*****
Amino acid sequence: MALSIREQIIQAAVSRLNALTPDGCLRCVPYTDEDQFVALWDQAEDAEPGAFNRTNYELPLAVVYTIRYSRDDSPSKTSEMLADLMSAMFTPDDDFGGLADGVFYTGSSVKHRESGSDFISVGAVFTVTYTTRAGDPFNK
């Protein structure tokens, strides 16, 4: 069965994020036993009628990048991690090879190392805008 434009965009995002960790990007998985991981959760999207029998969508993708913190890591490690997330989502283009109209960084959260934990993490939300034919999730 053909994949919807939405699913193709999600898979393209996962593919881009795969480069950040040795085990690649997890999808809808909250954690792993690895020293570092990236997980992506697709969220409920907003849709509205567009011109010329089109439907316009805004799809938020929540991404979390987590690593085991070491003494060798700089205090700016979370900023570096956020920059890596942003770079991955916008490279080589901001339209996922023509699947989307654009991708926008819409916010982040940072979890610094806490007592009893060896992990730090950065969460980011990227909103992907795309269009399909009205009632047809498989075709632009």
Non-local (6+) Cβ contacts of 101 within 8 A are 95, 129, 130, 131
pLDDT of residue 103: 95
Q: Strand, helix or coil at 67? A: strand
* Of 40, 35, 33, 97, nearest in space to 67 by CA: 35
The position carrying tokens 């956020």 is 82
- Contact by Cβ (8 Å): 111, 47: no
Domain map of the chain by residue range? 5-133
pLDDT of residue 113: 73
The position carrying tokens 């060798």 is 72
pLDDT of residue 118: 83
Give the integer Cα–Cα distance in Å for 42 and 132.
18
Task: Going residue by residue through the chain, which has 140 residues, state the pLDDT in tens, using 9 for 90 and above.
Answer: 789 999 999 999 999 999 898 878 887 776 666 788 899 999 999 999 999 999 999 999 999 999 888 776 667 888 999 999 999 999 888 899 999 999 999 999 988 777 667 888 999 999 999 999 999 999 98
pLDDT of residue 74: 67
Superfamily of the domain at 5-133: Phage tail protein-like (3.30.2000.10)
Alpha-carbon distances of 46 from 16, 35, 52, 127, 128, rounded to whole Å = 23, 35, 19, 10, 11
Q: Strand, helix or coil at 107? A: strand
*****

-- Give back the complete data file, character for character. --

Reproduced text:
Amino acid sequence: MALSIREQIIQAAVSRLNALTPDGCLRCVPYTDEDQFVALWDQAEDAEPGAFNRTNYELPLAVVYTIRYSRDDSPSKTSEMLADLMSAMFTPDDDFGGLADGVFYTGSSVKHRESGSDFISVGAVFTVTYTTRAGDPFNK
């Protein structure tokens, strides 16, 4: 069965994020036993009628990048991690090879190392805008 434009965009995002960790990007998985991981959760999207029998969508993708913190890591490690997330989502283009109209960084959260934990993490939300034919999730 053909994949919807939405699913193709999600898979393209996962593919881009795969480069950040040795085990690649997890999808809808909250954690792993690895020293570092990236997980992506697709969220409920907003849709509205567009011109010329089109439907316009805004799809938020929540991404979390987590690593085991070491003494060798700089205090700016979370900023570096956020920059890596942003770079991955916008490279080589901001339209996922023509699947989307654009991708926008819409916010982040940072979890610094806490007592009893060896992990730090950065969460980011990227909103992907795309269009399909009205009632047809498989075709632009």
Non-local (6+) Cβ contacts of 101 within 8 A are 95, 129, 130, 131
pLDDT of residue 103: 95
Q: Strand, helix or coil at 67? A: strand
* Of 40, 35, 33, 97, nearest in space to 67 by CA: 35
The position carrying tokens 């956020």 is 82
- Contact by Cβ (8 Å): 111, 47: no
Domain map of the chain by residue range? 5-133
pLDDT of residue 113: 73
The position carrying tokens 């060798």 is 72
pLDDT of residue 118: 83
Give the integer Cα–Cα distance in Å for 42 and 132.
18
Task: Going residue by residue through the chain, which has 140 residues, state the pLDDT in tens, using 9 for 90 and above.
Answer: 789 999 999 999 999 999 898 878 887 776 666 788 899 999 999 999 999 999 999 999 999 999 888 776 667 888 999 999 999 999 888 899 999 999 999 999 988 777 667 888 999 999 999 999 999 999 98
pLDDT of residue 74: 67
Superfamily of the domain at 5-133: Phage tail protein-like (3.30.2000.10)
Alpha-carbon distances of 46 from 16, 35, 52, 127, 128, rounded to whole Å = 23, 35, 19, 10, 11
Q: Strand, helix or coil at 107? A: strand